Cover! Casting! Compositions! Recorded on Christmas Eve 1964, Wayne Shorter’s sixth album is a masterful blend of Hard Bop and Modal Jazz. After joining Miles Davis’ famous second quintet, the saxophonist deployed two key elements in this particular project: Herbie Hancock on the piano and Ron Carter on the double bass. What about the other two scoundrels on this heist of the century? Drummer Elvin Jones and trumpeter Freddie Hubbard. For this session, Shorter wrote six new pieces for which he described his inspirations in the album cover notes, explaining how he thought about “misty landscapes with wild flowers and strange dimly-seen shapes, the kind of place where folklore and legends are born. And then I was thinking of things like witch burnings too”. The six tracks remind everyone he’s without a doubt one of the most talented Jazz composers of the second half of the 20th century… The back-and-forths between the five men, the changes in rhythm and the master’s phrasing are all part of what makes Speak No Evil so wonderful! And despite it all, the album wasn’t particularly well.
Ever since his early days as a leader at the end of the 1940s, Thelonious Monk has had a style of his own. A Cubist playing style, unsettling tempo stalls and genius compositions (Straight No Chaser, Round About Midnight, Well You Needn’t and Ruby My Dear are all featured on these historic recordings!)… Thelonious Monk and his piano ventured towards avant-garde new horizons of beautiful dissonance and ingenious melodic perversion. This style of modernity nonetheless respected a certain form of tradition. But the American pianist enjoyed defying the rules both in his writing and playing style. With these historic arrangements recorded for Blue Note in Autumn 1947 with Art Blakey on drums, Idrees Sulieman and George Taitt on the trumpet, Danny Quebec West, Billy Smith and Sahib Shihab on the saxophone, Gene Ramey and Bob Paige on the double bass, Monk was simply inventing what would eventually become modern Jazz.
McCoy Tyner – The Real McCoy (1967)
For his Blue Note debut, McCoy Tyner came in with a bang. Already with six personal albums behind him, the Philadelphia pianist decided to leave John Coltrane’s quartet. For the recording of this album on April 21st,1967 he surrounded himself with three top talents: Joe Henderson, Ron Carter and Elvin Jones. The Real McCoy is like a frantic train moving at full speed. It’s a swerve into Jazz which is completely stripped down and free of any commercial compromise. At 29 years of age, McCoy appeared to be on the run, rolling down the mountain at full speed as if nothing could stop him. His accomplices stood tightly at his side and were not only keeping up but seemed galvanised by the fervour of their leader. One can easily picture Alfred Lion stuck behind the studio glass and thrown to the back of his seat by the sheer vitality and percussive yet intelligent piano style. The improvisations here remain some of the most impressive from that era of Jazz.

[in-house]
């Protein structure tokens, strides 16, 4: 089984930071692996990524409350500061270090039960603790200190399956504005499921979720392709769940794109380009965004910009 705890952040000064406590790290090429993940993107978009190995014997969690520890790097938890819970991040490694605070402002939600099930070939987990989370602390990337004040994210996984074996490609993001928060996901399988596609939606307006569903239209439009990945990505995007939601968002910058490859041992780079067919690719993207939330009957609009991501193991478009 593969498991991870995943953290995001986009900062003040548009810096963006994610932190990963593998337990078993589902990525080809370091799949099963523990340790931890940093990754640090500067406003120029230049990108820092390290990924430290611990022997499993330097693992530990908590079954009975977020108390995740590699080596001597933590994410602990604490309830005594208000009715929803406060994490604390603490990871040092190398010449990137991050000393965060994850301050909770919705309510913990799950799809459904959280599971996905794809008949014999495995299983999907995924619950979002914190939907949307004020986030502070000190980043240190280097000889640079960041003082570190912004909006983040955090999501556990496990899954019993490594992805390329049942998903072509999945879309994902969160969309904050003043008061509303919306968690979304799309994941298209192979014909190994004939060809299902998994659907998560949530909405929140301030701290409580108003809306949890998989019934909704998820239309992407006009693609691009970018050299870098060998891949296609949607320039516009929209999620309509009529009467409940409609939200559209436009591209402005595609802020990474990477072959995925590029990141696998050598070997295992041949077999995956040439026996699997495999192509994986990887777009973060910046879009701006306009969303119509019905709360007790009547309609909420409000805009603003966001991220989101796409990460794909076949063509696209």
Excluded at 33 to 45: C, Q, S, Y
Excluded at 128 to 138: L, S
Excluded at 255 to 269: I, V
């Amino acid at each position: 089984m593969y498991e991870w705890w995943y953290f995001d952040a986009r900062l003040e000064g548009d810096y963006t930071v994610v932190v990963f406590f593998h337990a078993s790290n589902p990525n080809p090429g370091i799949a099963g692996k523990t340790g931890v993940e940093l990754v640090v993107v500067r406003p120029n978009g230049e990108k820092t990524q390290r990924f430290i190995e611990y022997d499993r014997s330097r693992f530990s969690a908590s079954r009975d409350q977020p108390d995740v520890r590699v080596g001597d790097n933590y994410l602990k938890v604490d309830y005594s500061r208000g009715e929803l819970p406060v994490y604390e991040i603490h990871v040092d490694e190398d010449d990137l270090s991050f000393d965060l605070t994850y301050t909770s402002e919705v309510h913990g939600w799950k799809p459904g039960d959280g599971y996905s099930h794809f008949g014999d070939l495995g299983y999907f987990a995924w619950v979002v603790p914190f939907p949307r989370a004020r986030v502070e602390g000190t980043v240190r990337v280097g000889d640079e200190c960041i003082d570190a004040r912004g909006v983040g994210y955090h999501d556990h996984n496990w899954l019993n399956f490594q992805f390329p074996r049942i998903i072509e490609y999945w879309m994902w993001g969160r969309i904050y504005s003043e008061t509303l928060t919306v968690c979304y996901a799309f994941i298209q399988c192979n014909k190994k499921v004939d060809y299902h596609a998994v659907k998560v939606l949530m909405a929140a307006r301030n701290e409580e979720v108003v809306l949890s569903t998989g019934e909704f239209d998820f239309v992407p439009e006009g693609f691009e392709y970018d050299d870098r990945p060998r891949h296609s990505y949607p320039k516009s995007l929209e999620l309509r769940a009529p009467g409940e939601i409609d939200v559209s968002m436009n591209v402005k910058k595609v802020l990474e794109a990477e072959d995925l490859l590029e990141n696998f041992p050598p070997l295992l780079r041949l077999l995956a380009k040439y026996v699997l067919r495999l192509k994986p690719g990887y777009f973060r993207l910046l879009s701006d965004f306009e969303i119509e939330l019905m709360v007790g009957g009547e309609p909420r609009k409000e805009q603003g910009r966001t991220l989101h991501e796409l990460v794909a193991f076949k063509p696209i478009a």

Andrew Hill – Point of Departure (1965)
Andrew Hill has never been the most publicised pianist in Jazz history. Nevertheless he remains an essential and above all original stakeholder. At the top of the Chicago artist’s discography is a Blue Note session recorded on March 21st, 1964 that perfectly highlights his style, risk-taking and ability to communicate with his accomplices, namely Kenny Dorham on the trumpet, Eric Dolphy on the alto saxophone, the bass clarinet and flute, Joe Henderson on the tenor saxophone and flute, Richard Davis on the double bass and Tony Williams on drums. As if ahead of its time, their Jazz shines throughout the five complex and beautiful themes and never rests on the laurels of an easy and safe swing or daddy’s Hard Bop. The composition is a complete firework display of solos and back-and-forths. Over half a century after its recording, Point of Departure remains a relatively avant-garde recording. The conquering of new territories (obvious on Departure which concludes the album) was even more extensive the following year on Compulsion which Andrew Hill also released on Blue Note.